Let us note, just for starters, how Rick himself has just a completely incompetent white-guy shuffle through the entire video, and that the blonde bombshell in the first bit of the presentation is similarly not much of a dancer. Note, also, the phallic shadow that comes 30 seconds into the document: clearly by being only in the shadow, we are hinted at what he will never give up, but in the standard lexicon of 1987, there is no complete openness here.

Further: "We're no strangers to love: you know the rules, and so do I" clearly is a reference to the Love that [then] Dared Not Speak its name: if Rick could find the stranger love, he would, of course, never give [it] up or let [it] down.

However, the seminal moment in the entire piece comes at 51 seconds in, when the black dancer, with the ambiguous facial expression, first appears. What is he doing? Polishing the bar. Polishing the bar?! The sexual tension is thick, particularly given that we never see this dancer alongside Astley himself: instead, almost as in a game, the dancer does ever more impressive stunts trying to level the playing field, including the full split at 1:20. But Astley is "too blind to see", instead focusing on the ass of the woman dancer at 1:21-1:22.

The transgressive flirtation continues, when the dancer does a front flip over the [!] polished bar while smiling, immediately followed by the most flirtatious smile of the entire piece, from Astley. Again, the female dancer's ass, again the phallic shadow. The pattern keeps spiralling, to a conclusion we all anticipate, but, again, in the 1987 millieu, we cannot fully consummate.

Except, we learn that maybe Rick doesn't only go for the truly transgressive black guys: a white guy with chiselled features and bleached hair appears at 1:57. He takes the rule of the fascist ├╝bermensch.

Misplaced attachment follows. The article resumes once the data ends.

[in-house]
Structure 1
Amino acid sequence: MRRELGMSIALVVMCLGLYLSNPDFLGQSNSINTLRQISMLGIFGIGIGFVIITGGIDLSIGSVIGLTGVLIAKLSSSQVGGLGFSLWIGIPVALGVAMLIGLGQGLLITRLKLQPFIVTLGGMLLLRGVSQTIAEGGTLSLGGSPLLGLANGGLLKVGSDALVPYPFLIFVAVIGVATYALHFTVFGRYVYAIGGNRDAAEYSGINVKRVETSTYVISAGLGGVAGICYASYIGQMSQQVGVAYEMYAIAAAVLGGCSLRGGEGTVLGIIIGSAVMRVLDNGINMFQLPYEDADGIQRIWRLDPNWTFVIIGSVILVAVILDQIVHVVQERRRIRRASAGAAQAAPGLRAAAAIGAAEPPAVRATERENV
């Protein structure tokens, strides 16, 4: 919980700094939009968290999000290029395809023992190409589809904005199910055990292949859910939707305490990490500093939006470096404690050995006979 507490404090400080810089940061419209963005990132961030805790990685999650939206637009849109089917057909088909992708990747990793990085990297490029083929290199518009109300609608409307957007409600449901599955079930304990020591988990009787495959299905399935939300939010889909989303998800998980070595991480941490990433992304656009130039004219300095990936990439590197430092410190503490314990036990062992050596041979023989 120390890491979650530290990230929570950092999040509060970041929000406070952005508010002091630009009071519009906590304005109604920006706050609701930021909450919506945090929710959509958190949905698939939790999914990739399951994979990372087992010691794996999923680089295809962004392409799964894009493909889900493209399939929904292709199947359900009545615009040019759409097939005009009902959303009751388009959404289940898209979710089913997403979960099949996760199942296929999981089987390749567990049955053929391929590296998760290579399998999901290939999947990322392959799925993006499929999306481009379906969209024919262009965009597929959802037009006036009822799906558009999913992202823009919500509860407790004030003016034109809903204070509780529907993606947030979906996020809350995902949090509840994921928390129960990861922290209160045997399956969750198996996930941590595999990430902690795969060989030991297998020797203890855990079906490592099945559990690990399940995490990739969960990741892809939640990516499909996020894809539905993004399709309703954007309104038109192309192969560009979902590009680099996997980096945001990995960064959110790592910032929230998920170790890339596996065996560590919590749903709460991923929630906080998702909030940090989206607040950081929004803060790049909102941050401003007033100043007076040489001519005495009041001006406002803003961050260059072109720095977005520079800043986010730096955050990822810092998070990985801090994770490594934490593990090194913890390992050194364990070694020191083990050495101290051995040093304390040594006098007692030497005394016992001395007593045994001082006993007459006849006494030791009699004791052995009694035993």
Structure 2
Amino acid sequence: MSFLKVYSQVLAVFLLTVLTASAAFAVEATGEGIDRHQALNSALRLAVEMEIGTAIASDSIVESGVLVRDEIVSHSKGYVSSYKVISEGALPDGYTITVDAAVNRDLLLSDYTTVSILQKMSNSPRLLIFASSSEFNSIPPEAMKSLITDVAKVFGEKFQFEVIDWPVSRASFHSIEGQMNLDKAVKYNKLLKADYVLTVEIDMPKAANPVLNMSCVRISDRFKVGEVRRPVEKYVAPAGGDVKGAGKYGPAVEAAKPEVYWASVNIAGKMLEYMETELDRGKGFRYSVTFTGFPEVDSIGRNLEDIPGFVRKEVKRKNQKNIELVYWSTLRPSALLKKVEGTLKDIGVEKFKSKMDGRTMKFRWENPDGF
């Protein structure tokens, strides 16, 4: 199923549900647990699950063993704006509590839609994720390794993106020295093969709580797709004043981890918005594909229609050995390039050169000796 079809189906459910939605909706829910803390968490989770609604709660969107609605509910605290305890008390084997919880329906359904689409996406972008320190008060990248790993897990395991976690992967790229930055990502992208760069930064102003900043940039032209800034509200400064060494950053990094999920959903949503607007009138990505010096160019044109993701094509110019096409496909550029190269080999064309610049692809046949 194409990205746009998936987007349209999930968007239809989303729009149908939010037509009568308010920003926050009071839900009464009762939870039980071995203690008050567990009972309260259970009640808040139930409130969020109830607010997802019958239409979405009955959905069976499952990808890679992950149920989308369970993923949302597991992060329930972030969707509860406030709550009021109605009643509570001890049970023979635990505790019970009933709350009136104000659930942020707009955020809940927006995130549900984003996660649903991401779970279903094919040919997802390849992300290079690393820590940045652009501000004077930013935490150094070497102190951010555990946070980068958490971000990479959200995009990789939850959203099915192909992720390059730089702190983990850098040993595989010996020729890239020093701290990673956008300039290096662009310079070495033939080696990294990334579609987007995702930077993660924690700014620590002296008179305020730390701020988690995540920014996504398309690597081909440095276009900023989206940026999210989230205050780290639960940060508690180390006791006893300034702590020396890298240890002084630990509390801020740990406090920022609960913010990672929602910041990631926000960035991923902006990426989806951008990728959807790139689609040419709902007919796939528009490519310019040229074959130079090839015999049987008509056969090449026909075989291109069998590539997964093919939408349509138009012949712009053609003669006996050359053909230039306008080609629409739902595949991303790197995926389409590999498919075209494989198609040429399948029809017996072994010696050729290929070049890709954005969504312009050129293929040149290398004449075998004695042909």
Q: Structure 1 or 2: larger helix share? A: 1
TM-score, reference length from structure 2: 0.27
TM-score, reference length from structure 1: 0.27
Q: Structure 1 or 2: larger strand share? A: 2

But liberation happens, or begins to! At 2:10, the black dancer appears in the outside set, the fenced playing field. Freedom, of a sort. And Astley doesn't know what to do; at 2:20, he briefly shows us the lining of his jacket, in a thinly veiled attempt to tittilate to the boiling point. Is he worried that the black dancer will run off with the white dancer, and he wants to remind us that he's the one with the record contract and the nice (for the '80s) clothes.

The true lesson of "Never Gonna Give You Up", then, is that economically powerful gay white men are starting to exploit their privilege, but are unfamiliar with exactly how: Astley keeps repetitively chanting "Never Gonna Give You Up", almost like a mantra, but is not entirely certain of what he will be giving up or getting. He knows the rules, but not the entire game. He keeps grinning everytime one of the dancers' asses appears, but then goes back to that perfectly coiffed hair and that marvellous, striped shirt with a polo collar, safely separated from the black dancer by that eternally polished wood bar. He may glance, and he may grin, but we all know what he wants, but just can't quite bring himself to reach.

Truly, this documents the mid-80s gay experience in a tragic, yet seemingly upbeat way. Rick wants to give himself up, but instead promises only that he will never let us down. How tragic.

And, of course, it's obvious why he worries his daughter will be embarrassed, twenty years later. So much gay pathos, in a perfect three-and-a-half-minute pop song.
melted_snowball: (Default)
So we went to Toronto today to see Brokeback Mountain.

It was a bad day to go to Toronto, and I compounded it by suggesting to [livejournal.com profile] da_lj that we should go the whole way by car, rather than parking at the subway station and taking the train in. Traffic was nutty, plus people [including both of us] were not driving well. I expect that they're nervous about their Xmas shopping.

Brokeback Mountain stars Alberta in the role of Wyoming. Far down the cast list are some humans; there are also notable performances by sheep and some shepherd dogs.

I'm not as impressed as I might have expected. And I'm going to write a very spoiler-y review.

You've been warned. )